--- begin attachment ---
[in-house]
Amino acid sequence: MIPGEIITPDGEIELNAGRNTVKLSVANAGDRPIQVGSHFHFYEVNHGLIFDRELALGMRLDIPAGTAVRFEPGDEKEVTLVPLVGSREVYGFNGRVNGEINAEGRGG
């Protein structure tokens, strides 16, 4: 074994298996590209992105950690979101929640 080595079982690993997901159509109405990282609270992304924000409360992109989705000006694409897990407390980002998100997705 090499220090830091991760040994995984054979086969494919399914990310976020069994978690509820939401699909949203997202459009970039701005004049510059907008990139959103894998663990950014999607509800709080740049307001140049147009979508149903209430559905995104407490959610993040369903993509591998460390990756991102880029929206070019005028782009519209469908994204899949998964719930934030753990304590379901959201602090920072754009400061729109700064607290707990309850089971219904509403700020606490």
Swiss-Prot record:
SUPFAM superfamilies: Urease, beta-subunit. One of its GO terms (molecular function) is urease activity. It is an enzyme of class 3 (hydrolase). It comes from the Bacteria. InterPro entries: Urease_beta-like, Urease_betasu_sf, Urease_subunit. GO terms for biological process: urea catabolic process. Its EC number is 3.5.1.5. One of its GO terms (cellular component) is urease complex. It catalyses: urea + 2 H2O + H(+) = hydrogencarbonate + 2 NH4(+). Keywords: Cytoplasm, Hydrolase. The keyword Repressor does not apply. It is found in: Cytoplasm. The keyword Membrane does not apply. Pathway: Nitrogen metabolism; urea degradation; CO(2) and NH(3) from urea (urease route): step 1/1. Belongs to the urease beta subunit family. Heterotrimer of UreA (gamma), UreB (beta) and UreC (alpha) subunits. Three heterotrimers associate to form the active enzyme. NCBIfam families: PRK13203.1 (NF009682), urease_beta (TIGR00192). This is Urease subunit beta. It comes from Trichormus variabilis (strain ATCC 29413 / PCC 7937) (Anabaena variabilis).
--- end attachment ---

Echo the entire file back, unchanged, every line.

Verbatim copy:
[in-house]
Amino acid sequence: MIPGEIITPDGEIELNAGRNTVKLSVANAGDRPIQVGSHFHFYEVNHGLIFDRELALGMRLDIPAGTAVRFEPGDEKEVTLVPLVGSREVYGFNGRVNGEINAEGRGG
């Protein structure tokens, strides 16, 4: 074994298996590209992105950690979101929640 080595079982690993997901159509109405990282609270992304924000409360992109989705000006694409897990407390980002998100997705 090499220090830091991760040994995984054979086969494919399914990310976020069994978690509820939401699909949203997202459009970039701005004049510059907008990139959103894998663990950014999607509800709080740049307001140049147009979508149903209430559905995104407490959610993040369903993509591998460390990756991102880029929206070019005028782009519209469908994204899949998964719930934030753990304590379901959201602090920072754009400061729109700064607290707990309850089971219904509403700020606490």
Swiss-Prot record:
SUPFAM superfamilies: Urease, beta-subunit. One of its GO terms (molecular function) is urease activity. It is an enzyme of class 3 (hydrolase). It comes from the Bacteria. InterPro entries: Urease_beta-like, Urease_betasu_sf, Urease_subunit. GO terms for biological process: urea catabolic process. Its EC number is 3.5.1.5. One of its GO terms (cellular component) is urease complex. It catalyses: urea + 2 H2O + H(+) = hydrogencarbonate + 2 NH4(+). Keywords: Cytoplasm, Hydrolase. The keyword Repressor does not apply. It is found in: Cytoplasm. The keyword Membrane does not apply. Pathway: Nitrogen metabolism; urea degradation; CO(2) and NH(3) from urea (urease route): step 1/1. Belongs to the urease beta subunit family. Heterotrimer of UreA (gamma), UreB (beta) and UreC (alpha) subunits. Three heterotrimers associate to form the active enzyme. NCBIfam families: PRK13203.1 (NF009682), urease_beta (TIGR00192). This is Urease subunit beta. It comes from Trichormus variabilis (strain ATCC 29413 / PCC 7937) (Anabaena variabilis).